As the prophet Jeremiah says of God, “I myself will gather the remnant of my flock.

I will raise up shepherds over them who will shepherd them.”

“The days are surely coming, says the Lord, when I will raise up for David a righteous Branch,

and he shall reign as king and deal wisely, and shall excuse justice and righteousness in this land.”

These words, my friends, the words of God told through the prophet Jeremiah, are the source of the Messianic promise,

God’s promise to Israel that God will send God’s people a Messiah, a king anointed by God.

It is very appropriate that we hear this passage today, on the last Sunday of the liturgical year, before we begin the season of Advent…

Because for us, as Christians, this passage from Jeremiah prefigures the incarnation, the coming of God in the person of Christ…

…as the king who God sends us for the salvation of God’s people.

God doesn’t just promise us a king who will bring justice and righteousness, God sends us that king, God’s own self, to dwell among us…

in the person of Jesus Christ.

The Hebrew word for “branch” in today’s reading from Jeremiah is a wonderful, symbolic word, that actually means a variety of things…

It can also mean sun, s-u-n, and star…

That’s why throughout the season of Advent, we will hear Jesus described as the sun, s-u-n, of righteousness, or as the star rising in the east, or with images of light.

That kind of imagery for the kingship of Christ all comes from today’s reading from Jeremiah.

But the word that is is translated today in Jeremiah as a righteous “branch”, actually means in Hebrew, a shoot.

As something of an amateur gardener, I am learning the difference between a branch and a shoot.

Branches die when you prune them.

Once the branch is separated from the tree, it doesn’t have any life in itself.

But shoots, are the kind of things that come from the ground in abundance.

And when you cut one shoot down, in a matter of days you have about six more shoots in its place.

So that the image of Christ the King as a righteous shoot, means that Christ brings righteousness to God’s people…

such that the righteousness grows and spreads.

With Christ’s reign, God’s justice and righteousness, is no longer contained in one person.

It spreads and grows through all of God’s people.

We, as people of faith, are the shoots that spring from Christ’s kingship,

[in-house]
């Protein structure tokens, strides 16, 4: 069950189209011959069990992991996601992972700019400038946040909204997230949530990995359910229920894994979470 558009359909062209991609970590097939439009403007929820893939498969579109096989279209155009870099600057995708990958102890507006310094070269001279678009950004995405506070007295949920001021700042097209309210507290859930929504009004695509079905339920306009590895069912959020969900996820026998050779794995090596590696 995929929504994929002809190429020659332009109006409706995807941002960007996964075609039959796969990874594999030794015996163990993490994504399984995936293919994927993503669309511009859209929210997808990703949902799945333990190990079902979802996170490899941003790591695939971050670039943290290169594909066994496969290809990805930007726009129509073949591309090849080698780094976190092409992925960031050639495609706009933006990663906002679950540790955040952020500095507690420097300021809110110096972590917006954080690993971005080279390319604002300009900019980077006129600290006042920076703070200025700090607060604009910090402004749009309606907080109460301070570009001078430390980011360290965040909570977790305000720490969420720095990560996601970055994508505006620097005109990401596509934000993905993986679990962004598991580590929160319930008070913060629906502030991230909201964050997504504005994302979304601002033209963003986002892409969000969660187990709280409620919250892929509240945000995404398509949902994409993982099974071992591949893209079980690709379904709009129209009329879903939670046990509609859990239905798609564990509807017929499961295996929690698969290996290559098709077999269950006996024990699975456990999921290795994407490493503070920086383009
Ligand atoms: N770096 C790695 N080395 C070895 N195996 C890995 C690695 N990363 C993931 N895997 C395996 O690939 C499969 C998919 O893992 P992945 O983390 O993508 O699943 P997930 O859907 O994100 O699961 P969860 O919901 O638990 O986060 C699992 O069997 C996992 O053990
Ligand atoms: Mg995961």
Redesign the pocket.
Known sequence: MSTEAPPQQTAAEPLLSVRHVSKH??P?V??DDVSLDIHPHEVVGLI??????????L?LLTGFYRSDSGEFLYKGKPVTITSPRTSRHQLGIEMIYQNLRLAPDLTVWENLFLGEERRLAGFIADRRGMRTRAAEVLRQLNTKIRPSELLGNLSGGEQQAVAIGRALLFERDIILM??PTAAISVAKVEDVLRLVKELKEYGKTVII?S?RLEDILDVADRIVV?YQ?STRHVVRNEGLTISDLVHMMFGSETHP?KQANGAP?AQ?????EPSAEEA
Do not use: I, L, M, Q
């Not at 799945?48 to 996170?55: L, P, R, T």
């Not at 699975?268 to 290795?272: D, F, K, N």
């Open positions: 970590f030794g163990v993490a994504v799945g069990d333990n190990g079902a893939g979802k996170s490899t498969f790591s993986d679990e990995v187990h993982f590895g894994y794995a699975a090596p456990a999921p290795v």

we have a part to play in making the reign of Christ a reality here on earth.

We are called, to lead, as best we can, as Christ leads.

With humility, forgiveness, and deep love, as Christ demonstrates through his passion and death on the cross.

With a desire for justice for God’s people, and to help create a world where people shall not fear any longer, or be dismayed, nor shall any be missing from the fold of God.

I am reminded in this call to share in the kingship of Christ, of our baptismal promises this morning.

We are asked at our baptisms, “Will you strive for justice and peace among all people and respect the dignity of every human being?”

We promise to do this at our baptisms, with God’s help.

It is a call to share in the kingship of Christ, where justice and righteousness reigns on earth.

We, here at Christ Episcopal Church, celebrate our feast day today on Christ the King Sunday.

In addition to the promises that we make at our baptisms, how wonderful it is that we take our name as a congregation, from the reign of Christ!

What a powerful and profound reminder of what we are called to do as followers of Jesus Christ the King!

That we pursue forgiveness, justice, righteousness, and peace for all of God’s people, just as Christ does.

And that we have a part to play in bringing about God’s kingdom here on earth, of helping to bring about the Reign of Christ the King.

Earthly leaders cannot save us.

But the kingship of Christ saves us.

And we share in the glorious reign of Christ the king, where justice and righteousness prevail.